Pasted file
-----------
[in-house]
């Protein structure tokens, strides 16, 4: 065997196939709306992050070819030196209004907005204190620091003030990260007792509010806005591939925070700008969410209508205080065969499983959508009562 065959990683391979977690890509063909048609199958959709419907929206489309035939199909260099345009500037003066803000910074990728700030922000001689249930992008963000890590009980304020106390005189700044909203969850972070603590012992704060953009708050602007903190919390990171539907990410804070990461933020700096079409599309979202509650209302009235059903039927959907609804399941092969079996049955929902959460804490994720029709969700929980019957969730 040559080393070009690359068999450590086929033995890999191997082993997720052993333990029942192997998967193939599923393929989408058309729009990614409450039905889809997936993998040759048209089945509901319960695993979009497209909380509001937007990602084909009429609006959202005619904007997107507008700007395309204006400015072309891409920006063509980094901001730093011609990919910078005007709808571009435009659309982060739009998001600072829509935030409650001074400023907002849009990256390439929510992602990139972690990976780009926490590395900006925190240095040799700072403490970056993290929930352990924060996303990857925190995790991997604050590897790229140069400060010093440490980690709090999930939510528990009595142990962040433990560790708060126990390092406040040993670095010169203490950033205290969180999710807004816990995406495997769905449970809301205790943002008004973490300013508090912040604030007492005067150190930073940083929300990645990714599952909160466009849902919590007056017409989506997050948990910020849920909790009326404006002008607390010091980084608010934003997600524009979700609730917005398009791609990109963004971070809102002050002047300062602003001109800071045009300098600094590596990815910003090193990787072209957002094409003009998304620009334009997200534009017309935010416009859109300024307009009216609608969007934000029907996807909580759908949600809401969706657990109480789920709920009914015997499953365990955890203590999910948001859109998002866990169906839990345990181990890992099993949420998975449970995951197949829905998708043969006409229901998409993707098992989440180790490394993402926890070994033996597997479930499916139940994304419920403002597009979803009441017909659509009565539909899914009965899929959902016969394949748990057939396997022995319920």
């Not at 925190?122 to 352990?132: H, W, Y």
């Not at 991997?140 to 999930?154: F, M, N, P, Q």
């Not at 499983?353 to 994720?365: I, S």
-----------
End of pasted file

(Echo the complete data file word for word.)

[in-house]
């Protein structure tokens, strides 16, 4: 065997196939709306992050070819030196209004907005204190620091003030990260007792509010806005591939925070700008969410209508205080065969499983959508009562 065959990683391979977690890509063909048609199958959709419907929206489309035939199909260099345009500037003066803000910074990728700030922000001689249930992008963000890590009980304020106390005189700044909203969850972070603590012992704060953009708050602007903190919390990171539907990410804070990461933020700096079409599309979202509650209302009235059903039927959907609804399941092969079996049955929902959460804490994720029709969700929980019957969730 040559080393070009690359068999450590086929033995890999191997082993997720052993333990029942192997998967193939599923393929989408058309729009990614409450039905889809997936993998040759048209089945509901319960695993979009497209909380509001937007990602084909009429609006959202005619904007997107507008700007395309204006400015072309891409920006063509980094901001730093011609990919910078005007709808571009435009659309982060739009998001600072829509935030409650001074400023907002849009990256390439929510992602990139972690990976780009926490590395900006925190240095040799700072403490970056993290929930352990924060996303990857925190995790991997604050590897790229140069400060010093440490980690709090999930939510528990009595142990962040433990560790708060126990390092406040040993670095010169203490950033205290969180999710807004816990995406495997769905449970809301205790943002008004973490300013508090912040604030007492005067150190930073940083929300990645990714599952909160466009849902919590007056017409989506997050948990910020849920909790009326404006002008607390010091980084608010934003997600524009979700609730917005398009791609990109963004971070809102002050002047300062602003001109800071045009300098600094590596990815910003090193990787072209957002094409003009998304620009334009997200534009017309935010416009859109300024307009009216609608969007934000029907996807909580759908949600809401969706657990109480789920709920009914015997499953365990955890203590999910948001859109998002866990169906839990345990181990890992099993949420998975449970995951197949829905998708043969006409229901998409993707098992989440180790490394993402926890070994033996597997479930499916139940994304419920403002597009979803009441017909659509009565539909899914009965899929959902016969394949748990057939396997022995319920």
């Not at 925190?122 to 352990?132: H, W, Y």
């Not at 991997?140 to 999930?154: F, M, N, P, Q």
């Not at 499983?353 to 994720?365: I, S």